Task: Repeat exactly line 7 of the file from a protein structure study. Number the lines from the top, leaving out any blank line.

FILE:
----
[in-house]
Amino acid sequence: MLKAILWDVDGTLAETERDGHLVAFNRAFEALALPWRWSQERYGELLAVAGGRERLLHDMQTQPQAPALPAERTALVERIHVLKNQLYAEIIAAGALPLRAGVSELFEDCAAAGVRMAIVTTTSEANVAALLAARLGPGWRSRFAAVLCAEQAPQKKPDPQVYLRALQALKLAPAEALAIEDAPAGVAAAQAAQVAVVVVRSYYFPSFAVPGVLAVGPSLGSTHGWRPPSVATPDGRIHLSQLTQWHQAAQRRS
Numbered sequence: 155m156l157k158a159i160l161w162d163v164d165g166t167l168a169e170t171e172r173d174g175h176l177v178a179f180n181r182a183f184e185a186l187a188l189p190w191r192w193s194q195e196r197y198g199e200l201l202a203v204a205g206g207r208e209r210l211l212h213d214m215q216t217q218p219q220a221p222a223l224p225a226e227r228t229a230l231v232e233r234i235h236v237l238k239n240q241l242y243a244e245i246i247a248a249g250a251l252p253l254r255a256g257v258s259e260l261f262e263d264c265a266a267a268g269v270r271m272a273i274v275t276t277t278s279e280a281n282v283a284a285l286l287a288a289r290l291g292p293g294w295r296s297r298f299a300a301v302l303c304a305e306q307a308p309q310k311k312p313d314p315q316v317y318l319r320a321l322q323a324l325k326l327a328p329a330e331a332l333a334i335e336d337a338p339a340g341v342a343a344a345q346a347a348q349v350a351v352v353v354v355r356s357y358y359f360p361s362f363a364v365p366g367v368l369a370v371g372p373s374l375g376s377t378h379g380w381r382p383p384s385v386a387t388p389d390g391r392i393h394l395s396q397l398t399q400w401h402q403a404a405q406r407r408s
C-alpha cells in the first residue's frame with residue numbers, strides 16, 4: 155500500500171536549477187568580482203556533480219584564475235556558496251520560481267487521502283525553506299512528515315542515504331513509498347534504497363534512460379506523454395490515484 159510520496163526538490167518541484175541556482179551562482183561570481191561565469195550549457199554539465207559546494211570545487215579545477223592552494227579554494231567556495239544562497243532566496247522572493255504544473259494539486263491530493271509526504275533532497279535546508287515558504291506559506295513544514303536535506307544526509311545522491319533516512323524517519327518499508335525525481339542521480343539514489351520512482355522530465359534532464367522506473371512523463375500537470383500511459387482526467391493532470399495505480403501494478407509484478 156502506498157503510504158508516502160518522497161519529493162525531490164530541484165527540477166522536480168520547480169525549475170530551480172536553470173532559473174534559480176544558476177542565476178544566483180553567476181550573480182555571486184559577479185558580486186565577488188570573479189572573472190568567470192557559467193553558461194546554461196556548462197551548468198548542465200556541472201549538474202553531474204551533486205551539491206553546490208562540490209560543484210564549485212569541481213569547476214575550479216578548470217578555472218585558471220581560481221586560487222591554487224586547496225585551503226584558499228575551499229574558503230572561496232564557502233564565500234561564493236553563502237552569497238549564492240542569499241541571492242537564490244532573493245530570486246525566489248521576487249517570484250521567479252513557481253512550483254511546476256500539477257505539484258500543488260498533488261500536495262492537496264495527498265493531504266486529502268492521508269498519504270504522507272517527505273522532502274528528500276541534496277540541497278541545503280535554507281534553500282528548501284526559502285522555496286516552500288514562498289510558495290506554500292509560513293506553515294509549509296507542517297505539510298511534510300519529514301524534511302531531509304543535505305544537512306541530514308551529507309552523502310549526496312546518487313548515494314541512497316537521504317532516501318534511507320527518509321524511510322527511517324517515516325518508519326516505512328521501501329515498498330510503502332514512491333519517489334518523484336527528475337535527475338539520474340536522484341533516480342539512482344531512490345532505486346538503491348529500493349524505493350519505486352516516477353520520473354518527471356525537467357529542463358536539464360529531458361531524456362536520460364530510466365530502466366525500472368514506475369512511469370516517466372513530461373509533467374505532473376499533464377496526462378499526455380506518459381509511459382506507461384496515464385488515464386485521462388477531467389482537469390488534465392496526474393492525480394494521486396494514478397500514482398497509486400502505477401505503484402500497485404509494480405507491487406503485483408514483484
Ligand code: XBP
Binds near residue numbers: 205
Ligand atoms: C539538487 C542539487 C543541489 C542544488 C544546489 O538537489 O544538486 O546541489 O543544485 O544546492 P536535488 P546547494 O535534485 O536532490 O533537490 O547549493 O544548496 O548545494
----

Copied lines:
Ligand atoms: C539538487 C542539487 C543541489 C542544488 C544546489 O538537489 O544538486 O546541489 O543544485 O544546492 P536535488 P546547494 O535534485 O536532490 O533537490 O547549493 O544548496 O548545494